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COVID-19 | Increased surveillance during the COVID-19 pandemic reveals the emergence of a new architecture of global power by Jacqueline Gaybor and Henry Chavez

Central to efforts to fight the COVID-19 pandemic has been the monitoring and prevention of the spread of the virus. To do so, governments need to keep discipline amongst their populations and limit their movements. While new big data, artificial intelligence technologies and control mechanisms are being implemented, we are witnessing the emergence of a new global structure of power built with our digital traces. As the intertwined history of epidemics and states shows, the utility of these new trends and devices should not be solely evaluated in terms of their effectiveness in controlling the spread of the virus, but also in terms of their consequences for the global structure of power and the future functioning of states.


History is replete with deadly contagion episodes that have decimated populations. Viruses, these little “insignificant” beings  (Žižek 2020), have created the conditions for the emergence of several devices and institutions that have become the very bases of modern nation states. Looking back, censuses, quarantines, hospitals, biometric registers and even punishment for disobedience were first conceived to be necessary to shorten the chains of infections and control the spread of diseases.

But once the crises were over, these devices were kept and instrumentalized by governments to better control their populations and territories and exercise their sovereignty. They became what Foucault called a disciplinary model of power (Foucault 1975). This model, based on a panoptical architecture (Bentham 1995) of societies and institutions, has been working, improving and spreading around the world since the 19th Century. In this panoptical model, found for instance in prisons, hospitals, or schools, a watchman position creates a feeling of constant surveillance among the population, which triggers them to ‘behave themselves’ (assert self-discipline).

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  1. Marseille in quarantine. A naval officer with his family
  2. The man who brought the plague to Milan
Source: gallica.bnf.fr / BnF (National Library of France)

The unprecedented scale and speed of responses to the COVID-19 crisis we face have unveiled a process of profound transformation in the architecture of power around the world. The panoptical disciplinary model from the 19th and 20th centuries seems insufficient to retain order in an increasingly interconnected and complex global system. The global lockdown we are part of is a step backward that reveals the weakening of the disciplinary model that supports modern nation states. At the same time, it reveals the emergence of new trends and devices with an unprecedented capacity to reshape, in a short period of time, human practices, imaginaries, and policies around the world. A huge transformation is taking place without a prior careful analysis, mostly based on new forms of population control and surveillance.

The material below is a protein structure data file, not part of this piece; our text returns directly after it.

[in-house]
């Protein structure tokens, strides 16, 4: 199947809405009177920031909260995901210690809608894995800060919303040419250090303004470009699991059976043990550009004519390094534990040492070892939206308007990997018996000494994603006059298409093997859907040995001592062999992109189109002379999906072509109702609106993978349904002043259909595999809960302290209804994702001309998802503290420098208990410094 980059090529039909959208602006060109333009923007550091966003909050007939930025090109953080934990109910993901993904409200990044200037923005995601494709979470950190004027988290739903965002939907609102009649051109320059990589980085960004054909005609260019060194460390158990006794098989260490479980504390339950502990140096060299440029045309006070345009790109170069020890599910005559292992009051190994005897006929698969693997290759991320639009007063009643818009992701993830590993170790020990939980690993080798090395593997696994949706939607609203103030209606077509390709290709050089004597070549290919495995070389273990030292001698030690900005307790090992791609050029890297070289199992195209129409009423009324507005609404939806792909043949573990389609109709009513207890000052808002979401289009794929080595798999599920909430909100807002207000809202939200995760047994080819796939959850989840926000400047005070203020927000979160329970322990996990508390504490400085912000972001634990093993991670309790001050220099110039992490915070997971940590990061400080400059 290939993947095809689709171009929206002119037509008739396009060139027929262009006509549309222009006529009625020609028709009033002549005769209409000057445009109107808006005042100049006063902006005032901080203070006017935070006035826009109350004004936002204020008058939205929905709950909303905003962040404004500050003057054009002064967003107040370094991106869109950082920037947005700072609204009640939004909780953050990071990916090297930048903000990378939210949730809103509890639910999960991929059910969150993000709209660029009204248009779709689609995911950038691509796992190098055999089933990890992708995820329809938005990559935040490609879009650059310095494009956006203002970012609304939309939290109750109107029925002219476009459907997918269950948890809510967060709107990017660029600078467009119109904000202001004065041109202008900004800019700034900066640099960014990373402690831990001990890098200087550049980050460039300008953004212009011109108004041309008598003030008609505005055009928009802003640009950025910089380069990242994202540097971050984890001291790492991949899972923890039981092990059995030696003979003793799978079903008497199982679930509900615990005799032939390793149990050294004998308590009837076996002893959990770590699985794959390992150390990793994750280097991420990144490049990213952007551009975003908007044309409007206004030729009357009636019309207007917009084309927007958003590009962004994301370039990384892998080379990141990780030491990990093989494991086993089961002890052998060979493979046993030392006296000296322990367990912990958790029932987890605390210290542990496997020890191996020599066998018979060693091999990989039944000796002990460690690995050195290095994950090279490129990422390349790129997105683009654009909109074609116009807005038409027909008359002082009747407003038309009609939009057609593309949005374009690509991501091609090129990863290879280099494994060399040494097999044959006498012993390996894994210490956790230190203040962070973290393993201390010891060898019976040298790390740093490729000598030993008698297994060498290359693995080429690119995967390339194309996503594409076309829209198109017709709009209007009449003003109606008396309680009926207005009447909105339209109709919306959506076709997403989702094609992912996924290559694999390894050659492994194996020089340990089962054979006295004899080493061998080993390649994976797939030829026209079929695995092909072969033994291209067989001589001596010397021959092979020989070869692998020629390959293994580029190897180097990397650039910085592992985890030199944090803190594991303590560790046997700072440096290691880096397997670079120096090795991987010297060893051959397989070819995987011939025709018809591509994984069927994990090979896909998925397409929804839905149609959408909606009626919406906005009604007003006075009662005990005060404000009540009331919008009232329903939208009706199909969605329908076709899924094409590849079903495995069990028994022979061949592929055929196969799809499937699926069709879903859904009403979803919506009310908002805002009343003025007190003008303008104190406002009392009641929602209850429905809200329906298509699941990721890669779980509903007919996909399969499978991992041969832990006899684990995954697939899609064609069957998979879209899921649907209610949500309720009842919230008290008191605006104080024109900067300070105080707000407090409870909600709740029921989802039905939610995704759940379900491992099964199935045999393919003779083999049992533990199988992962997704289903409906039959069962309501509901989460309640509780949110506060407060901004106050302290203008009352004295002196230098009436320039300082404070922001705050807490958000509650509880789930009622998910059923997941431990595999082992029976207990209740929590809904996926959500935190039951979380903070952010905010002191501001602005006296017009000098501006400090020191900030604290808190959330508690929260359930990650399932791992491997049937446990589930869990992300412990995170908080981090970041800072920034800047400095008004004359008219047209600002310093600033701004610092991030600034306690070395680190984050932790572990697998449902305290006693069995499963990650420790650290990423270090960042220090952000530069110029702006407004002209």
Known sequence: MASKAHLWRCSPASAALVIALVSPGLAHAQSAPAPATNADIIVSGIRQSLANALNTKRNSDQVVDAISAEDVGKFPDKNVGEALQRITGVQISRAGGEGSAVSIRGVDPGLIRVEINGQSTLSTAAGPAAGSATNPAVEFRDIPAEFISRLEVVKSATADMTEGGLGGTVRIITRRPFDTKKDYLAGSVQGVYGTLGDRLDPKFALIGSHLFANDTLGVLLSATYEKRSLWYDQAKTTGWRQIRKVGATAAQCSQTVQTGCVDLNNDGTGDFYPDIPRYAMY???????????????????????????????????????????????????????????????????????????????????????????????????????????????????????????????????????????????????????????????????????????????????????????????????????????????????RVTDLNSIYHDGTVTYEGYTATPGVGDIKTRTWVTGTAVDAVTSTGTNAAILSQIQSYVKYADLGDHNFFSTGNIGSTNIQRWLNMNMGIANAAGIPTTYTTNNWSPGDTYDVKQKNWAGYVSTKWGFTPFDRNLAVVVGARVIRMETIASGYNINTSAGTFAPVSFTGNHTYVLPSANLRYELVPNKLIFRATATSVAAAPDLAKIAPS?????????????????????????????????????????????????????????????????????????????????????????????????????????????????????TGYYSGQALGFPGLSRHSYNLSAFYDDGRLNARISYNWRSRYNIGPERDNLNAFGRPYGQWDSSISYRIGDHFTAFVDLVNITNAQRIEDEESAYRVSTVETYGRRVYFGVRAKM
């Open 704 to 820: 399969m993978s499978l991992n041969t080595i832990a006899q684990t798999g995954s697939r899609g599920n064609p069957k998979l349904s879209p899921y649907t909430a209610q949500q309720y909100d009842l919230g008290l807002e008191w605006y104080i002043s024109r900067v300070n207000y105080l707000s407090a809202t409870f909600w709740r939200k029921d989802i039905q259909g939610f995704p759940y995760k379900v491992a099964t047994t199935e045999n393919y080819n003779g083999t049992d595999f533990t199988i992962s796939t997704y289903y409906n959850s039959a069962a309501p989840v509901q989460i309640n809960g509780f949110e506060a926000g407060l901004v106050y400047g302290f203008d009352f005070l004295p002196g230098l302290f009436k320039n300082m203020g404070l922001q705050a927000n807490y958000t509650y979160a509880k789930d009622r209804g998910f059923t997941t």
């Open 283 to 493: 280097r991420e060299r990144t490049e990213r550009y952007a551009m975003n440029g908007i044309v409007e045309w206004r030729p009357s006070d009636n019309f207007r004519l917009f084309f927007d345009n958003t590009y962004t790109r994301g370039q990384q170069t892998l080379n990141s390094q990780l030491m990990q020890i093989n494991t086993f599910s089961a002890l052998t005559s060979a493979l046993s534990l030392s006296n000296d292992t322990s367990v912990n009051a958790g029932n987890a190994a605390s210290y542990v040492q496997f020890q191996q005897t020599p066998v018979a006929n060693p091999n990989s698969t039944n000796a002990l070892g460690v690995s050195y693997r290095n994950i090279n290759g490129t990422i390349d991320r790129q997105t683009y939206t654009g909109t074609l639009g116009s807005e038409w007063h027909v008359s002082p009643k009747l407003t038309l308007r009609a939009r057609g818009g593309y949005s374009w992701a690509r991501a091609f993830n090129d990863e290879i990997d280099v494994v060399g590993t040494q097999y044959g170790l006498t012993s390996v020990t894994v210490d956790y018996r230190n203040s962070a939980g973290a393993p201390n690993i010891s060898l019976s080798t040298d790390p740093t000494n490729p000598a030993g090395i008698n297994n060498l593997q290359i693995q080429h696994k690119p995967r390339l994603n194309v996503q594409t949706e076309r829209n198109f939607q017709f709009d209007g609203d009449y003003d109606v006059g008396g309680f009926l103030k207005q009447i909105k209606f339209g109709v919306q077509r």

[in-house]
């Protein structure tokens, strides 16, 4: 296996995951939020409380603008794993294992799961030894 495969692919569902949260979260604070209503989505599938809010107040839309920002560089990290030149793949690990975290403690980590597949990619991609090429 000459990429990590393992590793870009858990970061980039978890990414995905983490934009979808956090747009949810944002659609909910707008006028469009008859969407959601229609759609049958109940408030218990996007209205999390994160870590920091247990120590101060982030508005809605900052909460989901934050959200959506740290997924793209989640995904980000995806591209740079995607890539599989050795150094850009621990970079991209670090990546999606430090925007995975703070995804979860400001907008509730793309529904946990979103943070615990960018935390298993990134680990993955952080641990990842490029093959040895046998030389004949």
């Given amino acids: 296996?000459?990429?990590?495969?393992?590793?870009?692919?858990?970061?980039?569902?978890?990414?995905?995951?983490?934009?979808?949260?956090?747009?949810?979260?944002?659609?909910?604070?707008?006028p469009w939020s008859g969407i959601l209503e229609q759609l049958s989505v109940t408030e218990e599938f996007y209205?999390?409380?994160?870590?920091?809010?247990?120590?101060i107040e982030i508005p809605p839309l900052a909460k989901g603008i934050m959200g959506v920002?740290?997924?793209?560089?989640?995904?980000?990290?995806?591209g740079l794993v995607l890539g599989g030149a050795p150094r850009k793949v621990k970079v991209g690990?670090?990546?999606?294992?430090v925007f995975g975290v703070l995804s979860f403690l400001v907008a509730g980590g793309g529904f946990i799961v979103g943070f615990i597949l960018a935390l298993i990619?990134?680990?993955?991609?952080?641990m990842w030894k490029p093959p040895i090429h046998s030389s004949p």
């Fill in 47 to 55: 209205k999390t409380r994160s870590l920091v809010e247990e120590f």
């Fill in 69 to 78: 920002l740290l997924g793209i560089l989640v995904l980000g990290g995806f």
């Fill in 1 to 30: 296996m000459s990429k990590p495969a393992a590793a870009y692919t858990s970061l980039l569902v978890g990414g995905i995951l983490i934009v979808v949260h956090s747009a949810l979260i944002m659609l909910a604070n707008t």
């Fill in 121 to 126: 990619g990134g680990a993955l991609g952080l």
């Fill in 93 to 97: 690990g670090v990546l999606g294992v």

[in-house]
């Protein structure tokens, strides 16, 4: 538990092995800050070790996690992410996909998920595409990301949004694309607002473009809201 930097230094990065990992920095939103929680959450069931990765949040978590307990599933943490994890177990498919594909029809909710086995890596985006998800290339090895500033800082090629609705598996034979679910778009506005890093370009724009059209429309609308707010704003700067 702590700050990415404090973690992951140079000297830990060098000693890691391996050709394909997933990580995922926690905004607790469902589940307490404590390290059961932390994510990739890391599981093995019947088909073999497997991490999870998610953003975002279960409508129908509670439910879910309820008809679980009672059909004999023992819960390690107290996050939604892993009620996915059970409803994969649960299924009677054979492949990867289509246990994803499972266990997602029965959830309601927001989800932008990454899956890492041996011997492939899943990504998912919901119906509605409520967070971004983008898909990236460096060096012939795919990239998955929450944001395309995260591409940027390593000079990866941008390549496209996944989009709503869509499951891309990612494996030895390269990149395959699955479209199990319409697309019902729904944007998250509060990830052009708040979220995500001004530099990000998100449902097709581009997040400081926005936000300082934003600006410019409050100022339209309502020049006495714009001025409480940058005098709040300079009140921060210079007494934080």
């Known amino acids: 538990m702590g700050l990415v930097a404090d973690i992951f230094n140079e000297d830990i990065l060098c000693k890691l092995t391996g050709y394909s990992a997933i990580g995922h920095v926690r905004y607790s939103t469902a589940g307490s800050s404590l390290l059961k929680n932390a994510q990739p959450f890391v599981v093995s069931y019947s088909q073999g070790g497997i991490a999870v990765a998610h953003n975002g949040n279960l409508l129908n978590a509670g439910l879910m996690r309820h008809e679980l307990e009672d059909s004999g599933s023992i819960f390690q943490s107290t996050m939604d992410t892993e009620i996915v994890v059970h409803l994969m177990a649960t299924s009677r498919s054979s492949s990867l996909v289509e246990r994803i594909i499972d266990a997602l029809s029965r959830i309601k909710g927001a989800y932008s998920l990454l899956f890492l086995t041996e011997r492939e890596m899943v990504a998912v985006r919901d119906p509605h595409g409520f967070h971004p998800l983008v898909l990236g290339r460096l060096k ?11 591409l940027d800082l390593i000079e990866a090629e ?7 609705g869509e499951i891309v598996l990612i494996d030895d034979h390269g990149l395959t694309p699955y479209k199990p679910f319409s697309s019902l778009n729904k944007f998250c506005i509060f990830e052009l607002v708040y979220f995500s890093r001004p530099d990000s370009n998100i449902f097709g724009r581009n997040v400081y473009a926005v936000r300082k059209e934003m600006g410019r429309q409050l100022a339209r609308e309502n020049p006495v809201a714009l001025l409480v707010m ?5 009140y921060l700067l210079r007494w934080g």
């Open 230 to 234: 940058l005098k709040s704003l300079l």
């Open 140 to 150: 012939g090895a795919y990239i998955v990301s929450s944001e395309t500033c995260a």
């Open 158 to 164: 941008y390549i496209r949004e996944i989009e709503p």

Mass harvesting of biometric data

An important distinction from other historical health crises is the largely unquestioned mass harvesting of biometric data—what Yuval Noah Harari (2020) has called a transition from ‘over-the-skin’ to ‘under-the-skin’ surveillance. Through this transition, largely sustained by contactless technologies, such as cameras measuring body temperature in airports, or at the entrance of Buddhist temple (as shown in the picture below), we have come to normalize images of temperature, breath, and heartrate screenings. But also, any actions that bear a resemblance to coughing, sneezing or blowing our noses can be collected and reported. This data is being used to identify possibly infected persons and control their mobility.

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Buddha tooth relic temple, Singapore. 09 March 2020. Credits: Peter van Leeuwen.

The public seems to be rapidly accepting the risks involved with providing biometric data for prevention purposes, but caution is needed: While these devices may help solve urgent public health concerns, we do not know how they will be used afterwards.

Using apps to ‘manage the spread of the virus’

The emergence of mobile ‘coronavirus apps’ is another phenomenon that has become an integral part of collecting biometric data and limiting citizens’ freedom of movement during this pandemic. The Alipay HealthCode app was developed for the Chinese government to assign users three colour codes based on their health status and travel history, and a QR code that can be scanned at any time by law enforcement authorities. The app has specificities according to each city, but the three color codes[1] are a general commonality. The app relies on self-reporting by the user integrated with medical information provided by the government[2]. Yet, the app does not make clear to users what data is being stored, who can make use of it, and how it is used.

The global chaos has pushed different governments around the world to adopt approaches that have been conceived and designed under authoritarian regimes. For example, Andrus Ansip, Vice President of the European Commission, promoted Singapore’s TraceTogether Bluetooth-operating app as a key component for preventing COVID-19 spread in the EU. Countries like the Netherlands are looking at apps to trace the movements of citizens, but are facing resistance in light of the EU General Data Protection Regulation (GDPR) that prioritizes anonymization and privacy. Despite a strong common legal framework, we see the EU struggling to choose between ‘giving in’ and disregarding the complexities that the technological solutions impose on privacy rights in order to contain the spread of the virus, or protecting the rights of their citizens to privacy and the future of their democracies.